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1 June 2016

Imperial College beams $17m partnership

Following the opening of the UK's first proton beam treatment centre in 2018 or 2019, Imperial College London and the centre will commence a $17m research partnership.

Author: Mark Chatterley, reporter

Imperial College London has entered into a £11.7m ($17m) research partnership with City Proton, a company building the UK's first proton beam treatment centre, to investigate and improve the technology.

Dedicated researchers from the university's physics department will gain access to the proton beam treatment centre's facilities. Together with the centre they will investigate the technology with the aim of reducing the cost and increasing its effectiveness.

Currently, proton beam therapy is used in the treatment of certain cancers and is being studied for its potential use as an alternative to traditional radiation therapy.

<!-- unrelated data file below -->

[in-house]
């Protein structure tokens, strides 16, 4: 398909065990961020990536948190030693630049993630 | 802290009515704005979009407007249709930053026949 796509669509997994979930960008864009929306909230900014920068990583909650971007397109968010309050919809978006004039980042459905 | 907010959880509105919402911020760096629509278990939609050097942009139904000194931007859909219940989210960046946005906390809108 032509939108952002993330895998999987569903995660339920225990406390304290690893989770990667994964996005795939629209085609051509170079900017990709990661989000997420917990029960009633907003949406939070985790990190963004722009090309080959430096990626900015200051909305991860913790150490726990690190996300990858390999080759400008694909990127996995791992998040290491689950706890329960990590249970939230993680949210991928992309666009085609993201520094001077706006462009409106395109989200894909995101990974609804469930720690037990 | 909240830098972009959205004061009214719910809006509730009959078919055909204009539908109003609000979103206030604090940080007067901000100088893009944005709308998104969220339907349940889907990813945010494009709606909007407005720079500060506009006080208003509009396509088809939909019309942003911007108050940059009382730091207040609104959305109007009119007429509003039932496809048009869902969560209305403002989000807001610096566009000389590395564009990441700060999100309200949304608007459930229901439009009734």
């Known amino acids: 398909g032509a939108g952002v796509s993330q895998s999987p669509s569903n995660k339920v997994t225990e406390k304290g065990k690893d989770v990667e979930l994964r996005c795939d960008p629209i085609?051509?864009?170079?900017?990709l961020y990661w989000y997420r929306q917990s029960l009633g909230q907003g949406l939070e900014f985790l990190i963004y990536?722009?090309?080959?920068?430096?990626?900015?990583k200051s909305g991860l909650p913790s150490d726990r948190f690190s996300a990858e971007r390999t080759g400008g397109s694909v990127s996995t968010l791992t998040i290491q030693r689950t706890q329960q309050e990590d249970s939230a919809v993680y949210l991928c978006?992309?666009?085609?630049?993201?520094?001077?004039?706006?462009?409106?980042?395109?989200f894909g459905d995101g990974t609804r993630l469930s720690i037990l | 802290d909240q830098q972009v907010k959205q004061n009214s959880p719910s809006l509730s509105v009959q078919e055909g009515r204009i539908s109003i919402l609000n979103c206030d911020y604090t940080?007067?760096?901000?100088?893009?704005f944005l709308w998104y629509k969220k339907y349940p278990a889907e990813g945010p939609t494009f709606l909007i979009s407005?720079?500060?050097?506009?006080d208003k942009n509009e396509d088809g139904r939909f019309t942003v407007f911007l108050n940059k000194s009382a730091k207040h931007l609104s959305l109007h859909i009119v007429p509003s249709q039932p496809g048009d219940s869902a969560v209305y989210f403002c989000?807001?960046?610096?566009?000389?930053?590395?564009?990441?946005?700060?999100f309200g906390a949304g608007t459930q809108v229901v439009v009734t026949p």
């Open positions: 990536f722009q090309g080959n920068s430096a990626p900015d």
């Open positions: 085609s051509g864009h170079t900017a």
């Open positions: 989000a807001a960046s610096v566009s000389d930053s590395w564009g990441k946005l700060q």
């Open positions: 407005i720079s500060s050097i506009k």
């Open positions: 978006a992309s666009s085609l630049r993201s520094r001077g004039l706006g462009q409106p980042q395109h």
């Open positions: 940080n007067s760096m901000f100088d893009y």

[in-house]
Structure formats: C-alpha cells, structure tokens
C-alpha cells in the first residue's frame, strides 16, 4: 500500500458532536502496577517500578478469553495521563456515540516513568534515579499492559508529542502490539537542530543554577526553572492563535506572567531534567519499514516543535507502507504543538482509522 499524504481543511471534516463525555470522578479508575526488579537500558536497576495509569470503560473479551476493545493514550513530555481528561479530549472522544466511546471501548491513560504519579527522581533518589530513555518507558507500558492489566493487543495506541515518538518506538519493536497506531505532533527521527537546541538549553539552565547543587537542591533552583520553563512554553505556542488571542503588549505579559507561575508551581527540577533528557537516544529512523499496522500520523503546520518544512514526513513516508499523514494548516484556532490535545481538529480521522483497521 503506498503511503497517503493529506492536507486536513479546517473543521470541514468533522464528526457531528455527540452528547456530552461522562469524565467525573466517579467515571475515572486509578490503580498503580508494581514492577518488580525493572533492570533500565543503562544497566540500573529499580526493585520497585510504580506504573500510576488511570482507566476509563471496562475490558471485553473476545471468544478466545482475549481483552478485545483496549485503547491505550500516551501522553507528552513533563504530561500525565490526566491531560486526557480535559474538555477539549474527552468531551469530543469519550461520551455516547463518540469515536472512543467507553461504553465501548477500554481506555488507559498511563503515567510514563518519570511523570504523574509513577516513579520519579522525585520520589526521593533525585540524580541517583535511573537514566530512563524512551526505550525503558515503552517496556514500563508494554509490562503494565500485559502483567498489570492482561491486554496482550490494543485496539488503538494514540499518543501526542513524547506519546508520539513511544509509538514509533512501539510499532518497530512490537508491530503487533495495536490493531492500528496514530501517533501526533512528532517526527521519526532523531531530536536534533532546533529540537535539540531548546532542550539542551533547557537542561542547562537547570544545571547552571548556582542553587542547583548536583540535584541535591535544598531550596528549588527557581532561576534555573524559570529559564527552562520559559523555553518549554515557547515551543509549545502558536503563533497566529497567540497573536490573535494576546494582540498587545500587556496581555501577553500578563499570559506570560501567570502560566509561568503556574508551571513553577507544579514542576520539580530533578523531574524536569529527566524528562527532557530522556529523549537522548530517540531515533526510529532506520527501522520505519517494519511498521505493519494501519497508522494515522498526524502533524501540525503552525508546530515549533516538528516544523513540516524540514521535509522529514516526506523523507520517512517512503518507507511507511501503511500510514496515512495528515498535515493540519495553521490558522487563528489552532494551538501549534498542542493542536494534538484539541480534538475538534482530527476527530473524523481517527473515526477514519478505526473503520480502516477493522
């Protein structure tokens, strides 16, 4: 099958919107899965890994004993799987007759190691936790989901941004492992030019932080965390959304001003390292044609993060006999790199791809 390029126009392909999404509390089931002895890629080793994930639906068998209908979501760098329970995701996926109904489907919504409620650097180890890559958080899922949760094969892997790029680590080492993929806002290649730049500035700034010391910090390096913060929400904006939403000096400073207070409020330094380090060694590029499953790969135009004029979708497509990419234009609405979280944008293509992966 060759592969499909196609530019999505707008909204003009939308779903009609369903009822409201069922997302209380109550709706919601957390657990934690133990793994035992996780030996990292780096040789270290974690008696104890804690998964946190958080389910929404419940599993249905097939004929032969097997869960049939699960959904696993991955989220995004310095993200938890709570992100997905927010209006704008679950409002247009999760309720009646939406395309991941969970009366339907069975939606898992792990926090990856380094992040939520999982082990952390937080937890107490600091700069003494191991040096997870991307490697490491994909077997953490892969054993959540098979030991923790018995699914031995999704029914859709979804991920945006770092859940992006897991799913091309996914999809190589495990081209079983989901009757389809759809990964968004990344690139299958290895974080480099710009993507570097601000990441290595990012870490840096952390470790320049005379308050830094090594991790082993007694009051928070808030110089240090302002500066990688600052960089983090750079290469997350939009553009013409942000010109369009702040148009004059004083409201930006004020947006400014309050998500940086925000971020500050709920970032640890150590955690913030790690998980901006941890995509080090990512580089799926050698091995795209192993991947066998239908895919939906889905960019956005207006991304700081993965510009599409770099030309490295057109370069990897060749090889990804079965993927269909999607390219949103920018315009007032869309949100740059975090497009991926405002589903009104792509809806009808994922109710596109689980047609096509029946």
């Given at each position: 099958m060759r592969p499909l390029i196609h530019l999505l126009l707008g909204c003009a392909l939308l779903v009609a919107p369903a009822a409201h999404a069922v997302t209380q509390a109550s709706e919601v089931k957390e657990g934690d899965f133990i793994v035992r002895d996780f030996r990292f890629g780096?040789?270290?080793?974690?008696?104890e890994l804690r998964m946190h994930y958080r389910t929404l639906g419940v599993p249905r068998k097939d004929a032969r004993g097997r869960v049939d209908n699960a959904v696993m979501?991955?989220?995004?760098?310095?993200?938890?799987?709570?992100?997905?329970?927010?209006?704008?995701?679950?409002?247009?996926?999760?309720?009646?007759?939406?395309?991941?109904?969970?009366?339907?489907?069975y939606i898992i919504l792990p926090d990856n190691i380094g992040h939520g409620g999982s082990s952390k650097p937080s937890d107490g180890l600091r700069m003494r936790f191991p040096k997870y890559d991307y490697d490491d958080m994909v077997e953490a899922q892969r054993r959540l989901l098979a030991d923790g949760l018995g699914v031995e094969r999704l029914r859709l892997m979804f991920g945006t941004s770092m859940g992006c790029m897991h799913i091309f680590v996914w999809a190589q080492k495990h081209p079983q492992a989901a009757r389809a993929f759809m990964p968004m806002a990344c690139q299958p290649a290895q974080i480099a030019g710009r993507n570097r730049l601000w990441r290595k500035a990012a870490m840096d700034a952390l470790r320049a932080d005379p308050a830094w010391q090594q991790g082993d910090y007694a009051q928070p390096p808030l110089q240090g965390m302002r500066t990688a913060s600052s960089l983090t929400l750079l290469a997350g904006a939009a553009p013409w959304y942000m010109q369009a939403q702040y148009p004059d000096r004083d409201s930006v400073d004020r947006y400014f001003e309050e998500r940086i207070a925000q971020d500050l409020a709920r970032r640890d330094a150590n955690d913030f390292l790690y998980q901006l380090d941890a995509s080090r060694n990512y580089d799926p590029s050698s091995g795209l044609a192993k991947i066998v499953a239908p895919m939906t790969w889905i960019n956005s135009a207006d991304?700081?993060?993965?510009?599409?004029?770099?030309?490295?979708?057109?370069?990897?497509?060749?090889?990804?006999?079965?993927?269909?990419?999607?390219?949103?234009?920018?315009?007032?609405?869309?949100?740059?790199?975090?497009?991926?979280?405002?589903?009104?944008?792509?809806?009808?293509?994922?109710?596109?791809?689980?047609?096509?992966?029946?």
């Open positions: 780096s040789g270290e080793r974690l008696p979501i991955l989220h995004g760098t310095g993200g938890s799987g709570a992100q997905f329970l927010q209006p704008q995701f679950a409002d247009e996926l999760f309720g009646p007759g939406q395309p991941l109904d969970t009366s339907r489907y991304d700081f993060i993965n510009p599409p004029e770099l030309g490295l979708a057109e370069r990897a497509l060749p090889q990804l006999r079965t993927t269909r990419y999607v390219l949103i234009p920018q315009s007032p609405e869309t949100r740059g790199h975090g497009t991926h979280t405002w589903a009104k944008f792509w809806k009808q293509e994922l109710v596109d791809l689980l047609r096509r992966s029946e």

The centre is expected to open late in 2018 or early 2019 at which point the collaboration between the two organisations will begin. The partnership will last 12 years.

Intellectual property emerging from the collaboration will be commercialised through Imperial Innovations, Imperial College London's commercialisation partner.

Jordan Nash, head of the department of physics at Imperial College London, said: “This is a fantastic opportunity for the department to bring together our teams, who design the most advanced accelerators, with experts on using proton beams for cancer treatment in order to guide the development of future more flexible and potentially smaller treatment accelerators.”

Mark Glaser, visiting professor in the department of physics, said: “We aim to create a facility of academic excellence, providing in-depth study of proton therapy to improve the technology and ultimately to discover what the optimal particle therapy for cancer is.”

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